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Sarah Schirmer, Policy Advisor on Criminal Justice, New Orleans Mayor's Office, talks with a group of criminal justice panelists during a discussion to provide an update on the City's work to implement reforms to safely reduce the CityÕs jail population and address racial and ethnic disparities in the justice system at City Hall in New Orleans, La. Monday, Nov. 14, 2016. The panelists include Derwyn Bunton, Chief District Defender, Orleans Parish Public Defenders Office, left, and Charles West, Director, Office of Criminal Justice Coordination.

You don’t rehabilitate a troubled bail system by breaking it. That’s what some New Orleans public officials and activists have done to the detriment of citizens’ safety.

Over the past two years, bad publicity, policy changes, and adverse judicial rulings have buffeted bail practices in Orleans Parish. Commercial bondsmen faced accusations that they bent the law to extort money out of clients. Also, the city changed laws to lower or eliminate bail for city offenses while moving to shift more bail determinations to Criminal District Court magistrates.

Recently, a federal court ordered magistrates to limit setting bail because its proceeds funded court operations. This creates a conflict of interest unless magistrates can show a “clear and convincing” risk of a defendant's failure to appear, known as FTA.

As a result, the use of bail and the amounts set for bail have plummeted. Not surprisingly, some suspects turned loose for a pittance have committed more crimes. In an extreme case, Daniel Bonney, held for aggravated assault, had a bail of $5,000 reduced to $1. Freed, he committed another assault months later.

But this doesn’t trouble Mayor LaToya Cantrell. She recently co-authored an opinion piece arguing against bail while touting a pretrial risk assessment she claimed rarely misfired in predicting who could be released without bail. She also asserted that bail made no difference in FTA compared to the pretrial release approach like the city had implemented.

In fact, the most comprehensive government-backed study reviewing FTA rates across different kinds of bail and pretrial services release showed commercial bail FTA rates are significantly lower than those of pretrial services release. That's in part because the latter approach requires that officials spend some serious money to oversee conditions of release, which New Orleans doesn't do. A city review of its reform even admits that “[d]efendants who were released with additional conditions ... had significantly higher failure to appear rates than defendants without conditions.”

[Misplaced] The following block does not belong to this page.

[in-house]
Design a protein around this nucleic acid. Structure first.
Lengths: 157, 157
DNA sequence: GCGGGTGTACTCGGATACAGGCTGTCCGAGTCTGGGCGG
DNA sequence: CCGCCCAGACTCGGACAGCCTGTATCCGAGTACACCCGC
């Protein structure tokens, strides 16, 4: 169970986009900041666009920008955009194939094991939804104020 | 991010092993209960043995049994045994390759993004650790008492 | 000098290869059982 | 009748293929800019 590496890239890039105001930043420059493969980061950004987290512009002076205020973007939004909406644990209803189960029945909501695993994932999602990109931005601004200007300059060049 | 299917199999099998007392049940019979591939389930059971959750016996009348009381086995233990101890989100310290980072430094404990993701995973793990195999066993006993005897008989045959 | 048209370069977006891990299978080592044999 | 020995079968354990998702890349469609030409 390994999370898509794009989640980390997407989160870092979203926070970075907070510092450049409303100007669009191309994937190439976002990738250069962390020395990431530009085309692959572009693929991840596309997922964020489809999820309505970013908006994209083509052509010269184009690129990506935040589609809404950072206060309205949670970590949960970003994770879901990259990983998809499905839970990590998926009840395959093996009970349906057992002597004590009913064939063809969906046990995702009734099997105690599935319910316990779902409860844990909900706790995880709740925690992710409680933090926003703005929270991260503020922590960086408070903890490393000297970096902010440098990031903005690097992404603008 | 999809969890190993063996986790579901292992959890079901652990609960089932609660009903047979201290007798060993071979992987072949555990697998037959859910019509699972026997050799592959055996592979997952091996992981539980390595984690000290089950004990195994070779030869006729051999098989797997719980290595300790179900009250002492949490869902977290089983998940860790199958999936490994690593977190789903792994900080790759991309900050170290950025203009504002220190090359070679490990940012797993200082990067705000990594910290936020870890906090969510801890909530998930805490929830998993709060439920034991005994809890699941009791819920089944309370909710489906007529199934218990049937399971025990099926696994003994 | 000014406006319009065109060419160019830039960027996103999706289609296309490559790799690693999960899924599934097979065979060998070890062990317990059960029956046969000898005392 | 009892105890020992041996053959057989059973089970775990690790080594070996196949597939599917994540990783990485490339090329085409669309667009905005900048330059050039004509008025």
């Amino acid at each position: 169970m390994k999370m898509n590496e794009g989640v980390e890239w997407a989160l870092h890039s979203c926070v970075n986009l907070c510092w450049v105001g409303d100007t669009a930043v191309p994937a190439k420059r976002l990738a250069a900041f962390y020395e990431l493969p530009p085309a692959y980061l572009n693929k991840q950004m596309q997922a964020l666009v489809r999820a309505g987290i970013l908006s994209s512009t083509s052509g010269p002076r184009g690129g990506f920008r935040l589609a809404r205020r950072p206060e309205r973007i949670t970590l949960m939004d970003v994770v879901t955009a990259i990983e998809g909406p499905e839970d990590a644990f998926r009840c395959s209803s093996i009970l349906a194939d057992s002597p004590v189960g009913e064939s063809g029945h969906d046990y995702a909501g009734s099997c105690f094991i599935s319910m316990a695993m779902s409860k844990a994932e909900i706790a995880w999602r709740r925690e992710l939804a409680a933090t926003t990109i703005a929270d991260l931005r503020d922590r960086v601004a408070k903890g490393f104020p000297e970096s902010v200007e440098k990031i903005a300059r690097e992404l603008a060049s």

And researchers have questioned the method the city uses to predict risk. A WWL-TV investigation uncovered several instances of those accused of major crimes who were judged as moderate risk and drew low bail, then reoffended. Others scored as higher risk, yet received low bail and then missed court dates.

To make matters worse, a charitable group formed last year called the New Orleans Safety and Freedom Fund has bailed out hundreds of defendants, further reducing the deterrent effect of bail. It paid the buck to spring Bonney.

Its leaders — one of whom now works directly for Cantrell — insist the people it frees, identified from Orleans Public Defender Office data, have a low FTA rate. They contend that any bond $5,000 or below denotes someone “not a threat to public safety.” They also dismiss critics who decry how the group has helped free defendants who quickly reoffend. The group says critics focus too much on “anomalies.”

However, the leading national charity bond organization the Bail Project grew out of a New York group that chose only those accused of misdemeanors with bail amounts below $2,000. And the New Orleans group has no expertise in determining FTA risk.

Low- to no-bail for all eligible cases, complicated by an amateur group’s intervention, is a recipe for too many “anomalies.” Elected officials should use bail when needed — and set it high enough — to keep the public safe.

Jeff Sadow is an associate professor of political science at Louisiana State University-Shreveport. He is author of a blog about Louisiana politics at www.between-lines.com and writes about Louisiana legislation at www.laleglog.com. Follow him on Twitter, @jsadowadvocate or email jeffsadowtheadvocate@yahoo.com. His views do not necessarily express those of his employer.